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Investigating the factors that affect the rate of reaction.

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Chemistry Coursework 2003 Investigating the Factors that Affect the Rate of Reaction By Chantelle Wright 11S I, Chantelle Wright, declare that the work I have completed for assessment has been produced without external assistance (apart from that which is acceptable under the scheme of assessment) PLANING Before actually planning the experiment, I will do some research to find out about the rates of reactions, and matters related to it, so that I can make predictions. And figure out a way to make this investigation fair and safe. Planning ahead would help me find out how to do what and when, which should lead me to good results at the end of the experiment. Aim My aim is to investigate the factors that affect the rate of reaction. I will be seeing how the concentration of the hydrochloric acid affects the rate of reaction with magnesium ribbon. I have a limit of 30m of magnesium ribbon and 600cm3 of acid that can be used in my experiment. Background Knowledge The Collision Theory: A chemical reaction can only occur between particles when they collide (hit each other). Particles may be atoms, ions or molecules. There is a minimum amount of energy which colliding particles need in order to react with each other. If the colliding particles have less than this minimum energy, then they just bounce off each other and no reaction occurs. ...read more.


Also small things such as a dirty conical flask, and a slightly cracked measuring cylinder could still affect the results, and therefore we will take these into account as well. If all of the precautions are done correctly then the experiment will be fair and so the results will be accurate and so we can get precise conclusions. Hypothesis From looking at my preliminary results and graph, and using background knowledge, I predict that the larger the concentration (i.e. the less water added) the quicker the rate of reaction will be (i.e. more C0? will be collected faster). This is because increasing the concentration of a substance in solution means that there will be more particles per dm3 of that substance. The more particles that there are, the more will collide per second, and so the rate of the reaction increases. This means more gas will be given off quicker into the gas syringe. This is an exothermic reaction. When there is only distilled water in the beaker, I think that there will be to no reaction-taking place with the magnesium ribbon, as water does not react with it. However, when there is no water in the solution and only hydrochloric acid. I think that the reaction will be very fast and the magnesium ribbon will dissolve within seconds. Apparatus - 600cm3 of hydrochloric acid - 30cms of magnesium ribbon - Scissors- to cut the magnesium ribbon - Ruler- to measure the magnesium ribbon ...read more.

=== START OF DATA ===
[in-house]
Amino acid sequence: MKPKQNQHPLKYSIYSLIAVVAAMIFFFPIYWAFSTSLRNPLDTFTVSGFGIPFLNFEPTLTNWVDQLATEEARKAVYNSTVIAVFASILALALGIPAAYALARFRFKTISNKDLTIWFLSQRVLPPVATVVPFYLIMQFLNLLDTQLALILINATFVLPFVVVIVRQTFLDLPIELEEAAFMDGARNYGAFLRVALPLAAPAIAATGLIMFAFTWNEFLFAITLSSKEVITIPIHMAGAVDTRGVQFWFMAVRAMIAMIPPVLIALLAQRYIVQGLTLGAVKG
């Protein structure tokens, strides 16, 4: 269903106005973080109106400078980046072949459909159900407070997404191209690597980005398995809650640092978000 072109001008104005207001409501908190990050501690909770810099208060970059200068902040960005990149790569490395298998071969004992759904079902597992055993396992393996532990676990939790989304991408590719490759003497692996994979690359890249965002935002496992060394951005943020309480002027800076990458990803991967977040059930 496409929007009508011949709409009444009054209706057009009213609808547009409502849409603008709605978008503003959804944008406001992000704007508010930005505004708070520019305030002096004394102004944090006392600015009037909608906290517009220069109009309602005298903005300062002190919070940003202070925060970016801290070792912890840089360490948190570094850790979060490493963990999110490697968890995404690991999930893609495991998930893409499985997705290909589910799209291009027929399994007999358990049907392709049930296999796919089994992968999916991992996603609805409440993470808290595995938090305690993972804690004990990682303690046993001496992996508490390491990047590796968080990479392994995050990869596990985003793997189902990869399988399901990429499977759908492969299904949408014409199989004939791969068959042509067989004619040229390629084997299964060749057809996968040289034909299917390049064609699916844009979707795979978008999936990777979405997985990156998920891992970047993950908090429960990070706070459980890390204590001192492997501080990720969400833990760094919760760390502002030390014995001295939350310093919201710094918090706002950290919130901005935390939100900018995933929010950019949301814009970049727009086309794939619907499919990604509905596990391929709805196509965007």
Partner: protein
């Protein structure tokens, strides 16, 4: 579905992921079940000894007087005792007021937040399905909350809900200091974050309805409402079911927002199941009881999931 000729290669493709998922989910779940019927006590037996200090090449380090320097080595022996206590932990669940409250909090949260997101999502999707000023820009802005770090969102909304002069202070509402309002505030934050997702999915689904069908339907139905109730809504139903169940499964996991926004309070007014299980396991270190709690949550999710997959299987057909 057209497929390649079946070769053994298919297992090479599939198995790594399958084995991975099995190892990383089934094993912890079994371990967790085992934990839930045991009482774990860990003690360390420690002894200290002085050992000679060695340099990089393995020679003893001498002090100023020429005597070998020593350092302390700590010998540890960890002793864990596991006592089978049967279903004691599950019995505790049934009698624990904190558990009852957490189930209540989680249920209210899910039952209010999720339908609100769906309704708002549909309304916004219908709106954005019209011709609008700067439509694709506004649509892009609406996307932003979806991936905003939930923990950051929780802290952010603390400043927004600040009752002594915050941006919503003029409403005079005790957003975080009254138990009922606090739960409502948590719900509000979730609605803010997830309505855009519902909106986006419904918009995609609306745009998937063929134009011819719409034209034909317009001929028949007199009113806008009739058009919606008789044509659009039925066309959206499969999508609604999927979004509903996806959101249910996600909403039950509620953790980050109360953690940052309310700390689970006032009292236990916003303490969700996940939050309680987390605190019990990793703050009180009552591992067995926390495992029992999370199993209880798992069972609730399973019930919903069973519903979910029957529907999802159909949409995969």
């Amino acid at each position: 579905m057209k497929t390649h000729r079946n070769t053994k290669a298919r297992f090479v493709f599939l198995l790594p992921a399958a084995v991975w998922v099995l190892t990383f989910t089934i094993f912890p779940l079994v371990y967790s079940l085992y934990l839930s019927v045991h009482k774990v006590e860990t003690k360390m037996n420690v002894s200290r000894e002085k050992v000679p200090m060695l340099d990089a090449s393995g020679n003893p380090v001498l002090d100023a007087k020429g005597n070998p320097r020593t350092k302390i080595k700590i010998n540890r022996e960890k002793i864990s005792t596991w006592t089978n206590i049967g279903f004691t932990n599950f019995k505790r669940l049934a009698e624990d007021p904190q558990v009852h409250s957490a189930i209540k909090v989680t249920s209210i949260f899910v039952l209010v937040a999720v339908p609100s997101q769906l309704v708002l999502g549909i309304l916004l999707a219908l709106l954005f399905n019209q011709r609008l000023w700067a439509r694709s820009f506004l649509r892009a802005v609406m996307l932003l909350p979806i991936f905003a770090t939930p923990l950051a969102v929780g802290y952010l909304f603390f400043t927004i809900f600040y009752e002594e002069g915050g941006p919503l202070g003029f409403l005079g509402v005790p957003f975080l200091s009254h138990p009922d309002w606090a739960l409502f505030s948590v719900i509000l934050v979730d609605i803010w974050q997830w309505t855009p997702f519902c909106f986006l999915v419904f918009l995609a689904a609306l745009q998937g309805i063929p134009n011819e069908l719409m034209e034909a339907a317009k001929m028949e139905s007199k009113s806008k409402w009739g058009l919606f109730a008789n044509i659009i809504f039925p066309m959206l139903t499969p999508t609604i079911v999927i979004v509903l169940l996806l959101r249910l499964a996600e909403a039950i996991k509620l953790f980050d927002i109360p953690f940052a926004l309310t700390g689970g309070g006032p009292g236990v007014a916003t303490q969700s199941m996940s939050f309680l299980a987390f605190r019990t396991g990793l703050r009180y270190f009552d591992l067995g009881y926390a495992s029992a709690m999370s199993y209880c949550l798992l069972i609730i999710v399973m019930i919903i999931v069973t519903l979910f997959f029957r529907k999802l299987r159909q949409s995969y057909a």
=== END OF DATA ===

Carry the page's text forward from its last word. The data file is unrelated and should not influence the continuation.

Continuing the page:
I think that my results have been fairly accurate due to my careful precautions I took, to make sure that a fair test took place. However, on the colder day when the room temperature was 4 degrees colder, from looking at my graph, I can see that the rate of reaction was slightly slower. This is because when it is colder the particles move slower which decreases the number of collisions and therefore slow down the rate of reaction. To improve this, in future experiments I could control the room temperature by using controlled heaters. However from looking at my individual graph I can see that there are no obvious anomalous results. The graphs and the results show that: * Factors affect the rate of reaction. * The larger the concentration or hydrochloric acid, the quicker the rate of reaction will be * That temperature affects the rate of reaction Evaluation I followed the plan correctly; I believe I gained accurate and sufficient enough results to conclude the experiment, and to prove my hypothesis. My final results were fairly reliable, due to the precautions I took to make this a fair test. Changes to plan * I did not use a burette to measure out my solutions as it took too much time. Instead I used a measuring cylinder and measured to the nearest cm3. * Also where Carbon Dioxide was said to be the gas given off, it is actually hydrogen ...read more.

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